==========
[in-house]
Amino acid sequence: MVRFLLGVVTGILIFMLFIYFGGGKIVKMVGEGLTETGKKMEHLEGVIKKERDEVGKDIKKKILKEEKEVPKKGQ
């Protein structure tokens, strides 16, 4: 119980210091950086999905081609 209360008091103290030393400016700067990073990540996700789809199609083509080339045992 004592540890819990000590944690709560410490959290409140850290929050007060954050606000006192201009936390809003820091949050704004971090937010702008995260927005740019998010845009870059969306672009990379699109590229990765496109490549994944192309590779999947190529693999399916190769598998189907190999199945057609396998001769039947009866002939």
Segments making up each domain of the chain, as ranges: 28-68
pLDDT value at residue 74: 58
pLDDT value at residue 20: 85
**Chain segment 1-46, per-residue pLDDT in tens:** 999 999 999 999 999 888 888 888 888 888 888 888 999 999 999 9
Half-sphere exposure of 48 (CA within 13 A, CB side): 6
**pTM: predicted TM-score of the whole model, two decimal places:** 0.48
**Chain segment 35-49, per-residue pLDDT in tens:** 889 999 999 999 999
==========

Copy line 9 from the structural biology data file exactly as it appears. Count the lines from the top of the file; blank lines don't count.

**pTM: predicted TM-score of the whole model, two decimal places:** 0.48